Q: Do you know whether a dog's mouth is generally cleaner than a human's? I have heard it said that a dog will lick a sore and that will help heal it. And some people say that a dog's mouth is cleaner than a human's. Are these old wives' tales? -- J.F., via e-mail
A. I brush my teeth two or three times a day and visit the dentist every six months for a thorough cleaning. My oldest dog, Andy, gets his teeth brushed a couple of times a week (if he and I are in the mood for it) and has his teeth cleaned annually. My younger retrievers have never had their teeth brushed or cleaned, although they do have them examined annually by our veterinarian. (Small dogs like my Andy, a Sheltie, are more prone to tartar buildup and usually need more dental care than do larger ones.)
All of my dogs (and most dogs I know) cannot pass up any opportunity to munch on the solid contents of cat boxes, or eat any other kind of poop, rotting food or other disgusting item they find on walks.
I don't know about you, but I wouldn't put any money on the superior cleanliness of the canine mouth. And I wouldn't allow the tongue of my dog near an open cut. Yuck!
Q: I have a cat who had a litter recently. Three are black and white (as she is), one is a calico female, and the other is a calico male. Is this a kitten I should give away? I know male calicoes are rare, and most are sterile. But with the rarity, should he go to someone who breeds cats? -- M.C., via e-mail
A: Like all of your kittens, he should be placed into a loving home and be neutered. (Make sure the momma is spayed, too, so she won't be contributing further to the pet overpopulation problem.) Male calicoes and the genetically similar tortoiseshells are indeed rare -- about one in every 3,000 of these cats is male -- but have no value to a breeder.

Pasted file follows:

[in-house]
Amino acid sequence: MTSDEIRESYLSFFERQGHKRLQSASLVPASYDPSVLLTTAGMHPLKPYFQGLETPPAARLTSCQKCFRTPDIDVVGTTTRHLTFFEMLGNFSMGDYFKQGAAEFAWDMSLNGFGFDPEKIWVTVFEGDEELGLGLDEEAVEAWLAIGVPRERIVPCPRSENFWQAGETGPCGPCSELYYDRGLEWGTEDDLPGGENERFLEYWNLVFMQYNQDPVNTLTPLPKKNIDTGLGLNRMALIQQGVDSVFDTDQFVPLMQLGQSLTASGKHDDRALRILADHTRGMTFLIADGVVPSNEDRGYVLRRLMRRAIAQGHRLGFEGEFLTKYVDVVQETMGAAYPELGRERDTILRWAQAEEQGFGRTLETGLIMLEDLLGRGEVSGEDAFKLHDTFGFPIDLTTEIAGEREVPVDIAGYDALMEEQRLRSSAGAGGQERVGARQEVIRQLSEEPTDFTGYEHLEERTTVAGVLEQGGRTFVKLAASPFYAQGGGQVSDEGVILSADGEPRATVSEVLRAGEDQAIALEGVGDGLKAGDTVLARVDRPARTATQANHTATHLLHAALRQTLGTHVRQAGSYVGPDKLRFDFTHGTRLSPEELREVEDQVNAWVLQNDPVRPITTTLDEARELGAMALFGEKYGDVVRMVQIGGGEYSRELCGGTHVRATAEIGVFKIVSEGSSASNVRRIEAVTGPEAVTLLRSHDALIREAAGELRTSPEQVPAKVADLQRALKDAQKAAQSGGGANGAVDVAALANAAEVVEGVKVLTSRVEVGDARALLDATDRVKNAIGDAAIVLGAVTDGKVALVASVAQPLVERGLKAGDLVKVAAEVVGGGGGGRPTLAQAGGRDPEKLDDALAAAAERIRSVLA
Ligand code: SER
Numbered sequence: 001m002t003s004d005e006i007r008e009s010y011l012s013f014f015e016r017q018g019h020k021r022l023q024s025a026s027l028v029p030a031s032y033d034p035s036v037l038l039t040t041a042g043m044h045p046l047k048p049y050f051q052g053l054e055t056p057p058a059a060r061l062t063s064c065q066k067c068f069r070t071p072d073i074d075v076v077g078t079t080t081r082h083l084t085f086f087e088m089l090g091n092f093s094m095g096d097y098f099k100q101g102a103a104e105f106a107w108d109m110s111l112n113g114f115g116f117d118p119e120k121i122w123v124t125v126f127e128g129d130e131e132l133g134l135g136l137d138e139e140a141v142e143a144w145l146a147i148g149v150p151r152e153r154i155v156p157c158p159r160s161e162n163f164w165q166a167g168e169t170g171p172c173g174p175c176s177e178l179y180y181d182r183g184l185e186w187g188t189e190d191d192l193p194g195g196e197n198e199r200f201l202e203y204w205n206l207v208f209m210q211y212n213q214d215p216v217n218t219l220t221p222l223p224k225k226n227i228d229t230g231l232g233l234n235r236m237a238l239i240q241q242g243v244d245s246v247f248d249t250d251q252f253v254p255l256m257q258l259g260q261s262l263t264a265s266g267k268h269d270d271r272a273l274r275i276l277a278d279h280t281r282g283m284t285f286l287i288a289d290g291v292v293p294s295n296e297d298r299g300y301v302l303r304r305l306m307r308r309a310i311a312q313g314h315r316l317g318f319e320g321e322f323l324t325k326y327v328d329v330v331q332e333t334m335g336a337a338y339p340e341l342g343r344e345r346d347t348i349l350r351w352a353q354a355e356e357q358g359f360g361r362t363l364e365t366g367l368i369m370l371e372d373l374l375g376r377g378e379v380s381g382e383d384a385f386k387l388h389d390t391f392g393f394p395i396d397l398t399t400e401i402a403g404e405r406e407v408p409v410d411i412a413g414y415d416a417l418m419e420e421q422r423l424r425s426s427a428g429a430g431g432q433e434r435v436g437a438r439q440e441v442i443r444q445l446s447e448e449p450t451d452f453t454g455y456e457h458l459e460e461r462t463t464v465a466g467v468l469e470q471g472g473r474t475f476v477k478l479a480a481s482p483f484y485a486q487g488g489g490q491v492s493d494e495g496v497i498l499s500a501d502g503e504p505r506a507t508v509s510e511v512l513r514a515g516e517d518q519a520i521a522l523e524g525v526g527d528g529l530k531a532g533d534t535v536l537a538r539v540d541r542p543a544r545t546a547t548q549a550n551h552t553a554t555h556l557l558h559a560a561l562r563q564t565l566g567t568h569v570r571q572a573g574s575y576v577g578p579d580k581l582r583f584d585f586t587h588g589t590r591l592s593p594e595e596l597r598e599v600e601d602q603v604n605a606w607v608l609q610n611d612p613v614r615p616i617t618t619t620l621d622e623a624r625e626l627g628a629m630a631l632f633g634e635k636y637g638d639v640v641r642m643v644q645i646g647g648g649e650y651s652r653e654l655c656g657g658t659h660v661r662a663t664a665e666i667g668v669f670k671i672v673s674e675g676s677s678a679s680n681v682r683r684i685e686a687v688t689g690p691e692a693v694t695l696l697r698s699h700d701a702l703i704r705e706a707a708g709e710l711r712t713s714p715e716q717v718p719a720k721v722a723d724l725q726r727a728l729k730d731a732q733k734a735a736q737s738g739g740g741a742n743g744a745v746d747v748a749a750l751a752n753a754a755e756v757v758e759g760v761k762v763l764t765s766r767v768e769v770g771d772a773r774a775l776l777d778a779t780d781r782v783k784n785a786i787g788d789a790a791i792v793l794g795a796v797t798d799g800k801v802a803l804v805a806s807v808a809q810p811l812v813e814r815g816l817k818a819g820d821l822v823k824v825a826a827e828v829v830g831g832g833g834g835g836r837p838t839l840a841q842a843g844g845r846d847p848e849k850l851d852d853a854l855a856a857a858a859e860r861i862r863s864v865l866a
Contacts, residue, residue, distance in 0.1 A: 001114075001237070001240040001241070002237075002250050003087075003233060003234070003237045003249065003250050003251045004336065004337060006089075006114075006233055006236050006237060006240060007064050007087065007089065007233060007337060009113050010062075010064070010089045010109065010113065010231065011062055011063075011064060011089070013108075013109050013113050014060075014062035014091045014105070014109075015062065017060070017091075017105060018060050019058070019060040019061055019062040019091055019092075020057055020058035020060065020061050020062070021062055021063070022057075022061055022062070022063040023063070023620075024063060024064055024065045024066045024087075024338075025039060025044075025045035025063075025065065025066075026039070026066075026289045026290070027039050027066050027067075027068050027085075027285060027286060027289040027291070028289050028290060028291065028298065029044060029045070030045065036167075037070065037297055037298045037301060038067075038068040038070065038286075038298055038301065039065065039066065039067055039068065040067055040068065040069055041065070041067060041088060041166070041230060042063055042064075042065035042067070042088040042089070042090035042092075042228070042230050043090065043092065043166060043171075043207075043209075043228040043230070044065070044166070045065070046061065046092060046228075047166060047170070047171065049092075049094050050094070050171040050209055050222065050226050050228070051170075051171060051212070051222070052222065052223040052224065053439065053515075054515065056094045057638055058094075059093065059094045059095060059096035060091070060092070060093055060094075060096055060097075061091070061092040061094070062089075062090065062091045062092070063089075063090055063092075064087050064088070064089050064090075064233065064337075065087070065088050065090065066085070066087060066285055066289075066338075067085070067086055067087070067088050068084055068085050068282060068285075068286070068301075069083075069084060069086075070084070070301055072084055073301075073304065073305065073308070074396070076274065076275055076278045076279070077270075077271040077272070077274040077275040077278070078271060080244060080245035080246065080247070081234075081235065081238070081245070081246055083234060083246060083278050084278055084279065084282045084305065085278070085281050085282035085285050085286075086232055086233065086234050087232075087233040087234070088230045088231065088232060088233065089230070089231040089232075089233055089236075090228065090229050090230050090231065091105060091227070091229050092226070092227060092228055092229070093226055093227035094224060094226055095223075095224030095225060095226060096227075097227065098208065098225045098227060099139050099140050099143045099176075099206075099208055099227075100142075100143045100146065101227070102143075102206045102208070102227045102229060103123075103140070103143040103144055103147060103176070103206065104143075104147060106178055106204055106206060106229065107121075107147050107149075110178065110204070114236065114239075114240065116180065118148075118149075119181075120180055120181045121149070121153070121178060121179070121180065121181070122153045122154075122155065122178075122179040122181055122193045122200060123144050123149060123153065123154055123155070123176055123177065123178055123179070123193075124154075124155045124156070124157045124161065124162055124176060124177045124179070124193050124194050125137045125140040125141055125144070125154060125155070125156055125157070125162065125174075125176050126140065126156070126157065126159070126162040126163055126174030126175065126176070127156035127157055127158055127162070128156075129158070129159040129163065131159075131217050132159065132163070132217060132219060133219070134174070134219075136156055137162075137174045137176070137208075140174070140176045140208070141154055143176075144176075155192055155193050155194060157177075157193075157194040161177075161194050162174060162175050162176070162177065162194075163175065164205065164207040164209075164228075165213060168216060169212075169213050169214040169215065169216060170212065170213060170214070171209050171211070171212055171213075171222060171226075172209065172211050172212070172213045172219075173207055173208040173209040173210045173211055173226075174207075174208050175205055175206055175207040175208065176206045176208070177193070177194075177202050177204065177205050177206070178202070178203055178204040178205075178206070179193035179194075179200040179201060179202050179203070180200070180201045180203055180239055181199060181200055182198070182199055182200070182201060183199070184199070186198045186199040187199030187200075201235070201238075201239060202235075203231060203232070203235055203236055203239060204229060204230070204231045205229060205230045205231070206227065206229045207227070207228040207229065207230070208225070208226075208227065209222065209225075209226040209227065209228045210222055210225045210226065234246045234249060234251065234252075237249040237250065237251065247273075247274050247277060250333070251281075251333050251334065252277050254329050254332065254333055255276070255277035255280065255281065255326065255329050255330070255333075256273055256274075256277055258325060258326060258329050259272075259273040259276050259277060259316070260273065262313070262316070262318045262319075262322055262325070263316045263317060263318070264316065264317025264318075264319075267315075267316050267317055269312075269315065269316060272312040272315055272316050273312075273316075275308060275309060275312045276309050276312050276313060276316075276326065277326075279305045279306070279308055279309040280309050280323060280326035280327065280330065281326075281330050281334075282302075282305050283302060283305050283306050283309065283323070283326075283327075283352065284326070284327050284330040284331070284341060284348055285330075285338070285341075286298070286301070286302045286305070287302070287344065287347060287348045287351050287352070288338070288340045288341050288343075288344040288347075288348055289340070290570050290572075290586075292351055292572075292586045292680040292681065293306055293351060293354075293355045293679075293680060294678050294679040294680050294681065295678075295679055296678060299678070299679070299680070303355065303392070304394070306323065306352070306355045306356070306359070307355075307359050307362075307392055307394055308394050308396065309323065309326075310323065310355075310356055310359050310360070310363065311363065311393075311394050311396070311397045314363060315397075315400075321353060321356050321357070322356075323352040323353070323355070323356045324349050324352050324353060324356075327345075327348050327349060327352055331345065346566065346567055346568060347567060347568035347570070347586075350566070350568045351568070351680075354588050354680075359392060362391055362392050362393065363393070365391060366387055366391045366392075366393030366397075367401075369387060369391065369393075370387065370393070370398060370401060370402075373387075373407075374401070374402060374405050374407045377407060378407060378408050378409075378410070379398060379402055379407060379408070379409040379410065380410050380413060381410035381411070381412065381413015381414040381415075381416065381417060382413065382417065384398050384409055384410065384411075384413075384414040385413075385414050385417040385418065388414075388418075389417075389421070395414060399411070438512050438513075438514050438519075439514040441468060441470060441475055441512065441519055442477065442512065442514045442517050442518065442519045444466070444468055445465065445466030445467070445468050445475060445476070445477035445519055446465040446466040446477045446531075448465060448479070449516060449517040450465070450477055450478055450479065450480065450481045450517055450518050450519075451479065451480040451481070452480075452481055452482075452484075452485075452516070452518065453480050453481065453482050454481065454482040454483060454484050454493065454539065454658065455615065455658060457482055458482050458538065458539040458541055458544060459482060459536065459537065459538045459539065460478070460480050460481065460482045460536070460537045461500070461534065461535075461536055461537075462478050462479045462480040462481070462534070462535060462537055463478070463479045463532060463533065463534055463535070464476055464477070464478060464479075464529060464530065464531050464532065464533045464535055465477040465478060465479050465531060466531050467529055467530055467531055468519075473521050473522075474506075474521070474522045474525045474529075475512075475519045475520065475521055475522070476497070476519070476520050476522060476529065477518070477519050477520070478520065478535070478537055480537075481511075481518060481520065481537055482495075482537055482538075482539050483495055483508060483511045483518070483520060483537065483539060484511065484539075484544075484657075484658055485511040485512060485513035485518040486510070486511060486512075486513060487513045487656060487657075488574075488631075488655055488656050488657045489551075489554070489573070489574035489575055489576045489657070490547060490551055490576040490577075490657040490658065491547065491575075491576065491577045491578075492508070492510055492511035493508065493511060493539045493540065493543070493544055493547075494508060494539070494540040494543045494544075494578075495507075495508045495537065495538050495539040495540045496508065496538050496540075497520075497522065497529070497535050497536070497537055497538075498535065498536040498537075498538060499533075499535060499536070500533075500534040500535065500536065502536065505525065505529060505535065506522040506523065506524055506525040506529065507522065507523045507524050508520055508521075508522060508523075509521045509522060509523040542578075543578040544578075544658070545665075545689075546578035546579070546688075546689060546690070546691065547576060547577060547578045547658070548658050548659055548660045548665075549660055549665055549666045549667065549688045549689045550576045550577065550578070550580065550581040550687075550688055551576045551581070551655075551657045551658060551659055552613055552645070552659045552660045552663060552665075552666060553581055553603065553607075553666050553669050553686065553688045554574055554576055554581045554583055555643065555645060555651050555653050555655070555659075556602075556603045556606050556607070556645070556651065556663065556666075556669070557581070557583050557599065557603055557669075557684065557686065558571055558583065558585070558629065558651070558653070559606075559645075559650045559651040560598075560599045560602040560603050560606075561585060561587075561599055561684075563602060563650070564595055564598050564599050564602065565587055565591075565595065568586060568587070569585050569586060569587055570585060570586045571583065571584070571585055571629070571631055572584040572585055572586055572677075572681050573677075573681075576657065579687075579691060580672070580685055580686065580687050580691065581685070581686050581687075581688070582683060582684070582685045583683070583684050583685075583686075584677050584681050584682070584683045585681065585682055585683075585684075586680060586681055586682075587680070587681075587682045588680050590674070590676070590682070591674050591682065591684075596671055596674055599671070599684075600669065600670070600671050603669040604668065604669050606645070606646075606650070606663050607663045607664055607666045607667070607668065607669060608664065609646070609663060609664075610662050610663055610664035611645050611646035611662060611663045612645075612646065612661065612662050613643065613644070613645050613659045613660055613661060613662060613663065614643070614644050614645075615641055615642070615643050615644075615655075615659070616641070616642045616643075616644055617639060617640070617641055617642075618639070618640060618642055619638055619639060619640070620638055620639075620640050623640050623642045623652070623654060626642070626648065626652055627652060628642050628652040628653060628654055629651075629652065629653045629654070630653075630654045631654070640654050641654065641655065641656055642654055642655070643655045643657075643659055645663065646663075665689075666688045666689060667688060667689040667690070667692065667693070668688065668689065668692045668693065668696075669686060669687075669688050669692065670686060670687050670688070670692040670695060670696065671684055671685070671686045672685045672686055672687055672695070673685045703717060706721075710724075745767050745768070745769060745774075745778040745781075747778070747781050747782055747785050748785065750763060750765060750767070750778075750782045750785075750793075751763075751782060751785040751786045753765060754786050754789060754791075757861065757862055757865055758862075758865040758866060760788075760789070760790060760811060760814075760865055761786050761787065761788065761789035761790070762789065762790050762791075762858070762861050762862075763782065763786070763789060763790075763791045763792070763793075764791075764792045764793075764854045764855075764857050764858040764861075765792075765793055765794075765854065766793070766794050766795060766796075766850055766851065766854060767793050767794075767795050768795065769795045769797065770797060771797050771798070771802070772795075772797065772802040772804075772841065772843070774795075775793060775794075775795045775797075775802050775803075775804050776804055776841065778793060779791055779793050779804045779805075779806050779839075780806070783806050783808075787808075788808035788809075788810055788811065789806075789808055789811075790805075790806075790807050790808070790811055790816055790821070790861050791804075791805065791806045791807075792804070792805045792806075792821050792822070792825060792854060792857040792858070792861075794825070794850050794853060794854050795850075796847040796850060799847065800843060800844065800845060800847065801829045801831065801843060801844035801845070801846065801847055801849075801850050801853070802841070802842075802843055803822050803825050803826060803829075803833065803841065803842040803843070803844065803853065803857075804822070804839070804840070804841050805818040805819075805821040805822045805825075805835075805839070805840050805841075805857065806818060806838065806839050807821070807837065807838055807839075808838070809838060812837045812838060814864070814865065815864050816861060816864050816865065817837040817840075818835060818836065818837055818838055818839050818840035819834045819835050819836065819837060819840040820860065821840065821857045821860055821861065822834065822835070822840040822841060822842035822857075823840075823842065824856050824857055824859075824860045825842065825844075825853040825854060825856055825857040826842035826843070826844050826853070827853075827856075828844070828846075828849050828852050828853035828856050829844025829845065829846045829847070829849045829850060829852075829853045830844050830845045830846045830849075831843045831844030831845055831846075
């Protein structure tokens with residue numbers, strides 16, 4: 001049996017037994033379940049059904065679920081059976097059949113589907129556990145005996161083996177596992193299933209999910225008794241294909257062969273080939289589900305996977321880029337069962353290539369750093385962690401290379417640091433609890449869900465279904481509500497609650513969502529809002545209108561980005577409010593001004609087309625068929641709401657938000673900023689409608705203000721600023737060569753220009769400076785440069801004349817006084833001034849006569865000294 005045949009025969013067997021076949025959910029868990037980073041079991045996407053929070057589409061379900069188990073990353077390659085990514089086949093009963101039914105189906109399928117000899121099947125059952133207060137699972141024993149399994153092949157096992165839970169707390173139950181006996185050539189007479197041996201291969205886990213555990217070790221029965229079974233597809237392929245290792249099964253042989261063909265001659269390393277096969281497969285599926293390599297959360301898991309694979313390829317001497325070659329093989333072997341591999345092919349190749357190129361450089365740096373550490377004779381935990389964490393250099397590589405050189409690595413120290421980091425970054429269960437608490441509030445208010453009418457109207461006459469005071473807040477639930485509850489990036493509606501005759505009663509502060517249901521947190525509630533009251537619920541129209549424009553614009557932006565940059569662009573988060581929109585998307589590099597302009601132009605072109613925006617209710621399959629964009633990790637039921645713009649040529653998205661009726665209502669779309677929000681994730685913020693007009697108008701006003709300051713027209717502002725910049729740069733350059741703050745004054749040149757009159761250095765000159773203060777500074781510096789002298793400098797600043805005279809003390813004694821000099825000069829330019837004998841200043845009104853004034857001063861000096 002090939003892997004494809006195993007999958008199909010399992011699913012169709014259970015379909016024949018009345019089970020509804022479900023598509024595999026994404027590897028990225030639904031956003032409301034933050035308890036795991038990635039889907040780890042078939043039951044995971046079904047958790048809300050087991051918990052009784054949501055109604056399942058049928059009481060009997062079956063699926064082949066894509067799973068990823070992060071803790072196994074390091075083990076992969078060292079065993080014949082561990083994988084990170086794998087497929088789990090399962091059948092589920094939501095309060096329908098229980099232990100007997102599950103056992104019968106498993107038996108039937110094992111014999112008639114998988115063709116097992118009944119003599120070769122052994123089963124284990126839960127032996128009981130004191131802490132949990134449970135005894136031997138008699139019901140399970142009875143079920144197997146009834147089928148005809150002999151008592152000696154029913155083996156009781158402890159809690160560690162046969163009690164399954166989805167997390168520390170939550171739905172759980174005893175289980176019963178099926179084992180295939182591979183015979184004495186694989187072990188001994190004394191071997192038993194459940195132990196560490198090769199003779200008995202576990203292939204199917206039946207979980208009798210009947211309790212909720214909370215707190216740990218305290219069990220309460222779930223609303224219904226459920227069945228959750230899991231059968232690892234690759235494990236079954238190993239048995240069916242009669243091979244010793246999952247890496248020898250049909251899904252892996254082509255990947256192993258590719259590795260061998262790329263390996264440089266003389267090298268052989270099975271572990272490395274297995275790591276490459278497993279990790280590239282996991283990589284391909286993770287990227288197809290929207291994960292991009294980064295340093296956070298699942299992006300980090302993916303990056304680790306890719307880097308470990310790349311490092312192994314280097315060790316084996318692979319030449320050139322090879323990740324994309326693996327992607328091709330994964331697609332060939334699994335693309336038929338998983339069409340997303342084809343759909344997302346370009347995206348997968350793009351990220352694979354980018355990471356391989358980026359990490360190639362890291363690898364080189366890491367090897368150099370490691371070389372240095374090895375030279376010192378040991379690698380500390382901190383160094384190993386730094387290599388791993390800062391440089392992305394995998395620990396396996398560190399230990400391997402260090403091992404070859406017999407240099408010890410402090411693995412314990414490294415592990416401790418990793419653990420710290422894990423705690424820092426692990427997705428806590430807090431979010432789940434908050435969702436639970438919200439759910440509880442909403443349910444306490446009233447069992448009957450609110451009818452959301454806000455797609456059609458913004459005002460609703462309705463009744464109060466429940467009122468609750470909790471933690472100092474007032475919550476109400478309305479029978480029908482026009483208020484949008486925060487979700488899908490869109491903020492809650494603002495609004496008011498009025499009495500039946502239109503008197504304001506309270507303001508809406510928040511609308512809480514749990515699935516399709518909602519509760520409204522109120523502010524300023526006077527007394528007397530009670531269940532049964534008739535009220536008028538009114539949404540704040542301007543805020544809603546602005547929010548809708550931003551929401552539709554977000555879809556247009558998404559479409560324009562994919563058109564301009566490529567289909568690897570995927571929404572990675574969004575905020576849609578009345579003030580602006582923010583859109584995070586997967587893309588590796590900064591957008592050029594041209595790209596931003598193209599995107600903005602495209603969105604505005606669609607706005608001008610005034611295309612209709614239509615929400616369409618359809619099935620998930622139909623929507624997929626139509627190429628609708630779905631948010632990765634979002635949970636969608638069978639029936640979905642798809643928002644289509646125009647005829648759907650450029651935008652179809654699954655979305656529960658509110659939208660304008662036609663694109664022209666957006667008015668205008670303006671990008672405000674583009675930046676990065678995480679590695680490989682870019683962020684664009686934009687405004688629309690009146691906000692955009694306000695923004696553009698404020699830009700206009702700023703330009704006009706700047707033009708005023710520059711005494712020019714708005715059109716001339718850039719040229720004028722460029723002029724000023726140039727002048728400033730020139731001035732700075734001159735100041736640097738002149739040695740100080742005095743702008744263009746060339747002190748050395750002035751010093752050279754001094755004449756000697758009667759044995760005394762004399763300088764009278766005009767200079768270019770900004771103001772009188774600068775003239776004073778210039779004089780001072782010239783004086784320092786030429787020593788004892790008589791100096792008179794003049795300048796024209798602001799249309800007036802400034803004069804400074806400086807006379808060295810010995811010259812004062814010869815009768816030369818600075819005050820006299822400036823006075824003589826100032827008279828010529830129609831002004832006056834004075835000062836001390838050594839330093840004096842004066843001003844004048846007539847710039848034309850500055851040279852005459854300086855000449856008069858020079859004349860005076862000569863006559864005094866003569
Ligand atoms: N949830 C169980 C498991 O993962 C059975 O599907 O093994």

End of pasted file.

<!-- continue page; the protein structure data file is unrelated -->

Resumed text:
You can't breed a male calico and get more male calicoes for a couple of reasons. First, you're right in your understanding that male calicoes and torties are often sterile. Second, they're not "normal" males but are genetic oddities whose uniqueness cannot be passed along.
Male calicoes and torties are what's called "Klinefelter" males, and have both the Y and X chromosomes of normal males, plus a bonus -- an extra X. The two X chromosomes are what allow the calico or tortie pattern to be present, while the XY combination is what allows these cats to have male attributes.
The person you place the kitten with will have a wonderful companion and a bit of a conversation piece, but nothing beyond that.
Gina Spadafori is the award-winning author of "Dogs for Dummies," "Cats for Dummies" and "Birds for Dummies." She is also affiliated with the Veterinary Information Network Inc., an international online service for veterinary professionals. Write to her in care of this newspaper, or send e-mail to writetogina(at)spadafori.com.